Ben Peters on “considering unanswered questions about scripture without anxiety”

08.18.2014 | Guest

This year’s Mormon Theology Seminar recently wrapped things up in London (see herehere). I asked seminar participants to reflect on their experiences in order to give us a sense of what they got out of the gathering. This post features Ben Peters, assistant professor of Communication at the University of Tulsa and a current Faculty Associate at the Berkman Center for Internet and Society at Harvard University. He’s a media historian and theorist of information technology. —BHodges

My experience at the Mormon Theology Seminar this summer was no less than a personal highlight for me as a practicing and sometimes thinking Mormon. I am grateful for the combined brilliance and collaborative reading of my fellow participants as well as the generous support of the Willes Center for Book of Mormon Studies. I want to comment on two features of the experience that my co-seminarians haven’t touched on yet.

First, I take three facts as given: (1) the Mormon tradition produces many very bright practicing members, (2) these members meaningfully read the scriptures, and (3) these members have helpful conversations with one another. However, it was not clear to me until last month that one may have all three at the same time for any extended period of time. In the everyday grind, I count myself fortunate when I encounter any one at a time, and any two at once is a real treat. On the rare occasion I do experience all three in the form of a passing remark in a class or blog, it usually lasts for only that moment before the pressing swirl of children, callings, and calendars sweeps in to divert my attention. The Mormon Theology Seminar, however, is structured to include all three—collaborative, close, and open conversation sustained among practicing readers. As a friend joked, before London I’ve spent far more than two weeks rereading 1 Nephi 1 and yet I can safely say I’ve never read any text quite like we did 1 Nephi 1 in London together. It is a curious fact that my forthcoming paper—on the interruptions that sometimes beset the revelatory process—developed during the most sustained, uninterrupted group close reading experience I have ever enjoyed.

Second, I suspect—and I should be clear this is me speaking, not the seminar directors—that the Mormon Theology Seminar is effectively modeling a way of reading the Book of Mormon fit for an increasingly global Church. The kind of exegetical analysis and theological interpretation we undertook strikes me as a potential prototype for a much broader educated readership in any language and across the many cultural traditions supporting the Mormon faith. To read the Book of Mormon carefully, one does not need to be a specialist in Mesoamerican archaeology, ancient religions, or the historical-critical method of Biblical studies, however helpful these backgrounds may or may not be. Rather, one needs the text itself (Skousen’s The Earliest Text proved especially helpful) and a working will to read both what the text actually says and for what it might mean. Our group also wonderfully embraced our ability as believing members to entertain and consider unanswered questions without anxiety. It is the opportunity to open and discuss, and not to close having solved, scriptural questions that gives meaning to scripture study. Caution fuels the best of textual exegesis and charity, the best of modern-day interpretations. Whatever else may be said, most of all is that one should not be a “one” at all—but rather each should be one among a small group of fellow readers.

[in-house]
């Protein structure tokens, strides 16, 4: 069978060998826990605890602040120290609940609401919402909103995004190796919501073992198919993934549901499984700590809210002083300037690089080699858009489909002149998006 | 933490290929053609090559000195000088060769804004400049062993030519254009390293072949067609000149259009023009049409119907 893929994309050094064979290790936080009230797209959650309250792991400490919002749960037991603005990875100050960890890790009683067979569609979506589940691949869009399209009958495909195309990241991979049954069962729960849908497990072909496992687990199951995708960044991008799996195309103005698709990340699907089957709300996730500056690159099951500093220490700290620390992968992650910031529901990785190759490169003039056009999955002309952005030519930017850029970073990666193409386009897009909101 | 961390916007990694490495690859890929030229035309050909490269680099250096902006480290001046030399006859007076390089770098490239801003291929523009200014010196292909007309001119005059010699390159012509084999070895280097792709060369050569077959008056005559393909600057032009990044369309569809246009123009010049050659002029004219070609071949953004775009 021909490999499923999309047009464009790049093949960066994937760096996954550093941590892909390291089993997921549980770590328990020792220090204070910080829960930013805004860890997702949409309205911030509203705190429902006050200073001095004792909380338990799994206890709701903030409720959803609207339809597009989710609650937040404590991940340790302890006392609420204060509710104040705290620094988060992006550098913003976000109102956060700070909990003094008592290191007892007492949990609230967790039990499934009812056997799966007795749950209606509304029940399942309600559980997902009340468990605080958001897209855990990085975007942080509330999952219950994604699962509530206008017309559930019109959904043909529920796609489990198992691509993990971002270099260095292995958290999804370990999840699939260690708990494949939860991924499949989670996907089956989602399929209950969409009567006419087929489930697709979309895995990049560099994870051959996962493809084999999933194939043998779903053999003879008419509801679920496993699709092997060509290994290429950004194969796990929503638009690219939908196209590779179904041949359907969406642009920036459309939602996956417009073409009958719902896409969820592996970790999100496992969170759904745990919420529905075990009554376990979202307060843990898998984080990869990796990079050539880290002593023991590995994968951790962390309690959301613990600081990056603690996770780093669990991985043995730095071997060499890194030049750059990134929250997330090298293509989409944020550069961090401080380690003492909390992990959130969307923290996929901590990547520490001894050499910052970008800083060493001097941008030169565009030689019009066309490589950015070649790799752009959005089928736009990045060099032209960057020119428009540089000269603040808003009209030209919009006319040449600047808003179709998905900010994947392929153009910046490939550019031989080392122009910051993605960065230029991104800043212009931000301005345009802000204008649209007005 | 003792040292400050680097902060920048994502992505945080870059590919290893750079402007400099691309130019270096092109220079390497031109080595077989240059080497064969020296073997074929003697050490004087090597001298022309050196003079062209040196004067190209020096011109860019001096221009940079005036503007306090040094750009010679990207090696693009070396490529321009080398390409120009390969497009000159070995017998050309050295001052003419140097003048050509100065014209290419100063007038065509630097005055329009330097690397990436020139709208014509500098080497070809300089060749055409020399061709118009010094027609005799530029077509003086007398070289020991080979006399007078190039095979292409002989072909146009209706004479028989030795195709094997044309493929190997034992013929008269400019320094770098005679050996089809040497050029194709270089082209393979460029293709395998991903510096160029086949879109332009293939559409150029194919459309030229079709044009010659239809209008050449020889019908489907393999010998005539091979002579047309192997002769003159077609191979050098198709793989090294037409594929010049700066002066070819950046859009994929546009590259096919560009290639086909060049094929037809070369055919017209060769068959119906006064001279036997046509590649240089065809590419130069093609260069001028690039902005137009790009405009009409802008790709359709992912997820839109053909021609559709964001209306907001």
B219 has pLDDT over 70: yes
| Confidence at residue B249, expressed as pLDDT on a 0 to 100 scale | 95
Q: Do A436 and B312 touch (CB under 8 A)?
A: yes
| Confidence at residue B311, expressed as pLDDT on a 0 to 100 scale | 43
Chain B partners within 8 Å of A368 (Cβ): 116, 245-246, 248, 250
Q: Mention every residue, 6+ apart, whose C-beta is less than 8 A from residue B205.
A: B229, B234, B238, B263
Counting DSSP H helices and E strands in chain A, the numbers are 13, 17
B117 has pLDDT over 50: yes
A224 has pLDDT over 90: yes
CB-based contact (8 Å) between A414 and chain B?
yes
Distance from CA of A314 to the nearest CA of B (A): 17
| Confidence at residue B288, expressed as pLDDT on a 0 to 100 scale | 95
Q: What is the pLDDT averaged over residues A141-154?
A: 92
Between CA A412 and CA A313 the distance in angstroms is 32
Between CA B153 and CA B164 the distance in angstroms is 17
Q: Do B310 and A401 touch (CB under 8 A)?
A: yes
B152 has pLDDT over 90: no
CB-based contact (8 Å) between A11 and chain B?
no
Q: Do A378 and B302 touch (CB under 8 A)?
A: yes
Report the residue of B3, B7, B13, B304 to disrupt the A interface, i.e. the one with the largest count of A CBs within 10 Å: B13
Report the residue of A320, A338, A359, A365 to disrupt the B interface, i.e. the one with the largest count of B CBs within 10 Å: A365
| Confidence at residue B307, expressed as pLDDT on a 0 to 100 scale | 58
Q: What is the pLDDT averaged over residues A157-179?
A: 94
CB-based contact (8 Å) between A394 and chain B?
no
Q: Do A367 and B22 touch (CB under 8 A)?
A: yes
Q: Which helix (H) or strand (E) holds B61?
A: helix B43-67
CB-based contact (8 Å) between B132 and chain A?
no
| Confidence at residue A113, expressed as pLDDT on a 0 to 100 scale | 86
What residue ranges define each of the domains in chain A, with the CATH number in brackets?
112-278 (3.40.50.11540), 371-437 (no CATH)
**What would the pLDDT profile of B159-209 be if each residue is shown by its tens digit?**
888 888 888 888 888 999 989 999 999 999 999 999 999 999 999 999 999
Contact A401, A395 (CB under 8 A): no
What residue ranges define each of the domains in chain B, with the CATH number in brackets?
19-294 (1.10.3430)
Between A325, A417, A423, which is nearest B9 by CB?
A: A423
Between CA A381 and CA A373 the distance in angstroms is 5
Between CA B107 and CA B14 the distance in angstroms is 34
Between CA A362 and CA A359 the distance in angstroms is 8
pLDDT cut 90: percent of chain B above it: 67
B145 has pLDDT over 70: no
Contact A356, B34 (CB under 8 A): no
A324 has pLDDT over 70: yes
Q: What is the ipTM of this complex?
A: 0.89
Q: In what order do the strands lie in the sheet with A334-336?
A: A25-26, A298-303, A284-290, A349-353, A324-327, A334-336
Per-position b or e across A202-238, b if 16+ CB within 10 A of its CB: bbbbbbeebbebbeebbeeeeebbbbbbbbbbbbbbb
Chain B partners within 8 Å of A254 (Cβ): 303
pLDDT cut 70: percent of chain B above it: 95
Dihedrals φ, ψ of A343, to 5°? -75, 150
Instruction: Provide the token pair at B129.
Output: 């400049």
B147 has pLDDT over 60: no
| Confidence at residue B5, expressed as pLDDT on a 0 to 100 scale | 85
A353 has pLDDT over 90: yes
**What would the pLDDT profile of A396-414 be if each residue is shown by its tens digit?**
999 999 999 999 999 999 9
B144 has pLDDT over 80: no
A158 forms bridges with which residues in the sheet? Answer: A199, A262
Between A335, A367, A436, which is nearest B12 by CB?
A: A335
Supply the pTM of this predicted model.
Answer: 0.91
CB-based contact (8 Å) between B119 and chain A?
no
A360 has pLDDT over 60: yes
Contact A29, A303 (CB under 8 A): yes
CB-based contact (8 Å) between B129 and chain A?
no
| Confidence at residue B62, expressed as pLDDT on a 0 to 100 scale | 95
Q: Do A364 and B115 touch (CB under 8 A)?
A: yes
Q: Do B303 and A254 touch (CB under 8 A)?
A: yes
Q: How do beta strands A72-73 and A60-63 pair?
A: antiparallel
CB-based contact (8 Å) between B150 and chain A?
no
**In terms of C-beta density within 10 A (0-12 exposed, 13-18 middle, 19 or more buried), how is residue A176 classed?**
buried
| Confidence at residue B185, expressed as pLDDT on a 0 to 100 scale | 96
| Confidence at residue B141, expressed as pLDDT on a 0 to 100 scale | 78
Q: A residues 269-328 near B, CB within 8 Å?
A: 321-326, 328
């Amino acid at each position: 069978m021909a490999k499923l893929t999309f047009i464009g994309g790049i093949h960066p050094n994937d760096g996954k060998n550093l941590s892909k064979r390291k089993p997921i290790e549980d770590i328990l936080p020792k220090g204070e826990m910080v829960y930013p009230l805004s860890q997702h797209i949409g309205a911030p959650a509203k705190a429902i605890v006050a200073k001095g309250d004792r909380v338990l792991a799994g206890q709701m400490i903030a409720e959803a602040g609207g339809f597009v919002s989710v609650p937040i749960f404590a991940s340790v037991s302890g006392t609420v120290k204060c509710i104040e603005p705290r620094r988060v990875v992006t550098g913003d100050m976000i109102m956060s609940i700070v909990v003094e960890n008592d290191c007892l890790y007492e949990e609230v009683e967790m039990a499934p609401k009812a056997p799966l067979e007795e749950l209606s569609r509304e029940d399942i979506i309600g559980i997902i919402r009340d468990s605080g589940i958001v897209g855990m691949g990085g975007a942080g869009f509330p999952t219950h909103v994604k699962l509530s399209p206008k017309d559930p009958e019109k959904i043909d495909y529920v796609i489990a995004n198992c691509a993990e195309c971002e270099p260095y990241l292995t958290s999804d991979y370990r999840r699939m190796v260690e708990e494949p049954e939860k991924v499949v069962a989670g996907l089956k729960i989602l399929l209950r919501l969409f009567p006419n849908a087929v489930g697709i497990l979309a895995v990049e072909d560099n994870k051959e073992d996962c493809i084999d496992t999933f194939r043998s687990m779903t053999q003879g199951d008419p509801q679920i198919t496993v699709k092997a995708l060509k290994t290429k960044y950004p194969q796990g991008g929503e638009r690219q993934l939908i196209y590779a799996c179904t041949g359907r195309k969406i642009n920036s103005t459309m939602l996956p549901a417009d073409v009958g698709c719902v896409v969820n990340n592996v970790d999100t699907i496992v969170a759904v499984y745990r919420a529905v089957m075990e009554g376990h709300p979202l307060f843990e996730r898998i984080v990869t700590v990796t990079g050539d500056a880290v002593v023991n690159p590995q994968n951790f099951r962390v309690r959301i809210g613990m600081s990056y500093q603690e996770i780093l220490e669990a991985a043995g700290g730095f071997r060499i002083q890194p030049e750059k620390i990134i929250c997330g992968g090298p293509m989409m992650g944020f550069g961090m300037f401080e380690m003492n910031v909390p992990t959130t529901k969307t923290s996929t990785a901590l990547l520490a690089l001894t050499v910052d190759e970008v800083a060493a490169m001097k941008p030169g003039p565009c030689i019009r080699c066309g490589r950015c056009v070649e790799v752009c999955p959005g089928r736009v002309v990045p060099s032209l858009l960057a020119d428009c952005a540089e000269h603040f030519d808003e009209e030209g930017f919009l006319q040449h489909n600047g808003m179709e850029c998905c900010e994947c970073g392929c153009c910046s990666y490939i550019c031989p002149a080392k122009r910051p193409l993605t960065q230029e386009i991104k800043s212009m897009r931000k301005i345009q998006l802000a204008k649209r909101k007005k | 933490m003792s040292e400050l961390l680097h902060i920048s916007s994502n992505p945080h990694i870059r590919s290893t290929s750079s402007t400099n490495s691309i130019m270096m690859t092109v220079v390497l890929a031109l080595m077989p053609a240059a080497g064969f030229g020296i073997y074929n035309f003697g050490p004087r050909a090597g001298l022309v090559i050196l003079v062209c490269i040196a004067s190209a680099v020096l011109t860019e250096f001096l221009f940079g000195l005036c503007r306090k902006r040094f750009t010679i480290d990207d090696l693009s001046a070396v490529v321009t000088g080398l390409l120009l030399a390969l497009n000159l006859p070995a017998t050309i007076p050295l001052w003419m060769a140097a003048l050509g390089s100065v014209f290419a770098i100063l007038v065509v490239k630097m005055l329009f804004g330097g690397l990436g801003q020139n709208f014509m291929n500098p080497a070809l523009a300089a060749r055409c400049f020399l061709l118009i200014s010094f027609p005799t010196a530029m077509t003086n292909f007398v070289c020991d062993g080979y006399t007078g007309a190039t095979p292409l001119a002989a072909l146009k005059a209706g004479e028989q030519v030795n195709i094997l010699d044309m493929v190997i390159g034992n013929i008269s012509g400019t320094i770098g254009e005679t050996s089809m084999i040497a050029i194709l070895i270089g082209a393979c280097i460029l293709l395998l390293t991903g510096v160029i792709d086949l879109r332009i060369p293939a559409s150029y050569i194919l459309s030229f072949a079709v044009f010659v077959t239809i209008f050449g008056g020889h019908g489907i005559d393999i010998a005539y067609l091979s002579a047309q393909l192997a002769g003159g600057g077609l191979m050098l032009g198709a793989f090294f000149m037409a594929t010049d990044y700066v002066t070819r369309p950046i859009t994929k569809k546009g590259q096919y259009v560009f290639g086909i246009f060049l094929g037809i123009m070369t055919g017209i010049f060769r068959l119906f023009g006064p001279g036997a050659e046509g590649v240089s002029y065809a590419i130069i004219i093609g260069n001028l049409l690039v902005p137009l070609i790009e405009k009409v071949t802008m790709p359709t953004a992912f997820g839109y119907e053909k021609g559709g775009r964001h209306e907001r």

In other words, while I imagine the Mormon Theology Seminar to be no less than laying pipework for a global scholarly infrastructure for Mormon scripture reading (no lesser ambition will do), what I take home from it is actually what originally began for me at home. That is, the basic practice of seeking alongside sisters and brothers the truth of all things through close reading, critical reflection, commonsense, and doctrinal reclamation is something I first experienced in family scripture study, and something I saw reach new heights among my new brothers and sisters in London. (See Michael Ulrich’s post for more on this global aspect.) Whether at home or abroad, may we each seek in scripture study to create our own Mormon Theology Seminars.

May we seek one another in the Word.